The wife had developed obvious psychosocial resistance to the concept of sexual activity in the 60 plus age group based on

  1. the pain that had been experienced attempting to consummate her new marriage.
  2. a real sense of embarrassment created by the need for medical consultation and the necessity of admitting that she had been indulging in coital activity at her age.

As a result of the trauma that developed with attempts to renew sexual function subsequent to almost ten years of continence, she developed involuntary spastic contraction of the vaginal outlet. Judicious use of Hegar dilators and a detailed, thorough, and authoritative refutation of the taboo of aging sexual function (based on the belief that sexual activity in the 60, 70, or even 80 year age groups represents some form of perversion) were quite sufficient to relax and relieve the vaginal spasm.

Sex with Female Homosexual

Two case histories illustrate the occasional effect of homosexual orientation upon the female partner.

Marital Couple G

was composed of a 26 years old woman married to a man 37 years old. The wife had been actively homosexual since seduction by an elder sister when she was 12 years old. There had been no history of heterosexual function before meeting her husband. He was a successful professional man and offered the woman much in the form of social status and financial security. He had been previously married and divorced.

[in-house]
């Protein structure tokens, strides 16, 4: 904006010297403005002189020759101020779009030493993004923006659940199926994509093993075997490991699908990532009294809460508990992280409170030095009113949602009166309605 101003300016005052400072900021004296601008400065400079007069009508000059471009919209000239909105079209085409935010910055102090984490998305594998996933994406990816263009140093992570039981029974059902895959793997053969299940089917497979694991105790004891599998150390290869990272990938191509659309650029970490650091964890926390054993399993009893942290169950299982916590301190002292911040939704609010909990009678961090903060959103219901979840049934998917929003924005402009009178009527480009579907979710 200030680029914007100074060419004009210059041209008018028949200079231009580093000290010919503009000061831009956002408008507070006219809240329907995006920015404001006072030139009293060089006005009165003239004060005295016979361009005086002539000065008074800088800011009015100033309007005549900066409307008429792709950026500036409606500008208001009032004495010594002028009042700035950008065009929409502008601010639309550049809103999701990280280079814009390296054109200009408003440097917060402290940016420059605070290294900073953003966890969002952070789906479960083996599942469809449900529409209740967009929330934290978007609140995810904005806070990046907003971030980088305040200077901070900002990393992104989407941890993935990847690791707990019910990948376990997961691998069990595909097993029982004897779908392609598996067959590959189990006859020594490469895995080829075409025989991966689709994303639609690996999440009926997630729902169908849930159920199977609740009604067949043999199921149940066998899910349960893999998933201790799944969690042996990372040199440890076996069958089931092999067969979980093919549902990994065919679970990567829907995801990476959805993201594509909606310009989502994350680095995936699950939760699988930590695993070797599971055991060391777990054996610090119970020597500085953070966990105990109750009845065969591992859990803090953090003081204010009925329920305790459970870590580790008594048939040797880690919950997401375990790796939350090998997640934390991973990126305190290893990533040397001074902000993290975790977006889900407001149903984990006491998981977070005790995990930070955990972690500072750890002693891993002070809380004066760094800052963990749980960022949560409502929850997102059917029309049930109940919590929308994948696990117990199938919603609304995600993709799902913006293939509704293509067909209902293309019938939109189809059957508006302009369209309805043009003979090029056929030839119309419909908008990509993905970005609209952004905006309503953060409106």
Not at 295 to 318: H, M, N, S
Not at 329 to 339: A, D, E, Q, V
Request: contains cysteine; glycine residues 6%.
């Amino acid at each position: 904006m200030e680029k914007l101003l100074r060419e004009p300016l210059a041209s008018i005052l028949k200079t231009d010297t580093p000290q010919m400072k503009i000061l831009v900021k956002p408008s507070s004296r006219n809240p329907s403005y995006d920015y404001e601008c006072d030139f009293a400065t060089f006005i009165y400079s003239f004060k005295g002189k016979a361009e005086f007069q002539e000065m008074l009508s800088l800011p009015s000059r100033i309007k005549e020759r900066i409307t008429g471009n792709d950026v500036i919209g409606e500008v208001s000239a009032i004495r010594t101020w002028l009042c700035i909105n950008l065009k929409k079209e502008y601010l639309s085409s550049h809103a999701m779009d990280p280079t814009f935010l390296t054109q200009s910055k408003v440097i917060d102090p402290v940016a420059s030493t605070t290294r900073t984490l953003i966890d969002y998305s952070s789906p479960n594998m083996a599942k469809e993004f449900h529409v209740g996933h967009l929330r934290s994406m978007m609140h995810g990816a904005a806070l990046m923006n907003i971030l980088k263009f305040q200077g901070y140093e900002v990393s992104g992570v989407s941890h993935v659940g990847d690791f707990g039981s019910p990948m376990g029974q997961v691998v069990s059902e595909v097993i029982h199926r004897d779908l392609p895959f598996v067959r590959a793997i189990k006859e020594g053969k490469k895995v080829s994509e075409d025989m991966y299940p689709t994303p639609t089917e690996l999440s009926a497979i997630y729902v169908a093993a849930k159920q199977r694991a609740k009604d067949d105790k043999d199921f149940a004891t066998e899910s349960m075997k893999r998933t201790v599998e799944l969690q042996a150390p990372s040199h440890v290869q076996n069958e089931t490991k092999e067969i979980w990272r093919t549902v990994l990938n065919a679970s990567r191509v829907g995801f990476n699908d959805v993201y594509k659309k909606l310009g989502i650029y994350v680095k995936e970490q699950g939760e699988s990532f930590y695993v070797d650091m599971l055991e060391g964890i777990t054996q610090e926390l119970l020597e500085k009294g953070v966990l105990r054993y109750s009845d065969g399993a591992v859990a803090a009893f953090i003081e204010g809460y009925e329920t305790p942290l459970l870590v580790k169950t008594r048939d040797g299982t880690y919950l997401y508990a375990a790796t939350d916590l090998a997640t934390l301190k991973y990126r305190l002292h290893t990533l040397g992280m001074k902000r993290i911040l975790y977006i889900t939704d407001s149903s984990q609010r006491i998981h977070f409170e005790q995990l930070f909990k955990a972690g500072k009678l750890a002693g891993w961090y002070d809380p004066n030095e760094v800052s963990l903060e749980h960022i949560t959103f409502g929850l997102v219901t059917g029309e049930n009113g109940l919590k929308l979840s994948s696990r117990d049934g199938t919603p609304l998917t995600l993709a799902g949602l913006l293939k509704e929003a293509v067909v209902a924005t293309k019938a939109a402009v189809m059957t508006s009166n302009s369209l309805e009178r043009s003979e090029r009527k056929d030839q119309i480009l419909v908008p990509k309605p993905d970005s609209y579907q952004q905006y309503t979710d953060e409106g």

Sexual exposure during the short engagement had been restricted, by female edict, to multiple manipulative approaches. There was a total inability to penetrate on the wedding night or to consummate the marriage thereafter. When the couple was seen after 18 months of marriage, the wife’s hymen was not intact but there was evidence of severe vaginismus.

Once all of her pertinent histories were obtained and shared with her marital partner, there was little further resistance to penile penetration. She was orgasmic with intercourse within two weeks after termination of the acute phase of therapy.

Marital Couple H

had been married for 7 years. There were two children. The husband became an alcoholic, lost his job, and left his family without warning. He was out of the home for 3 years before he could be persuaded to seek professional help. There was another year spent in treatment before he could return to family and social position.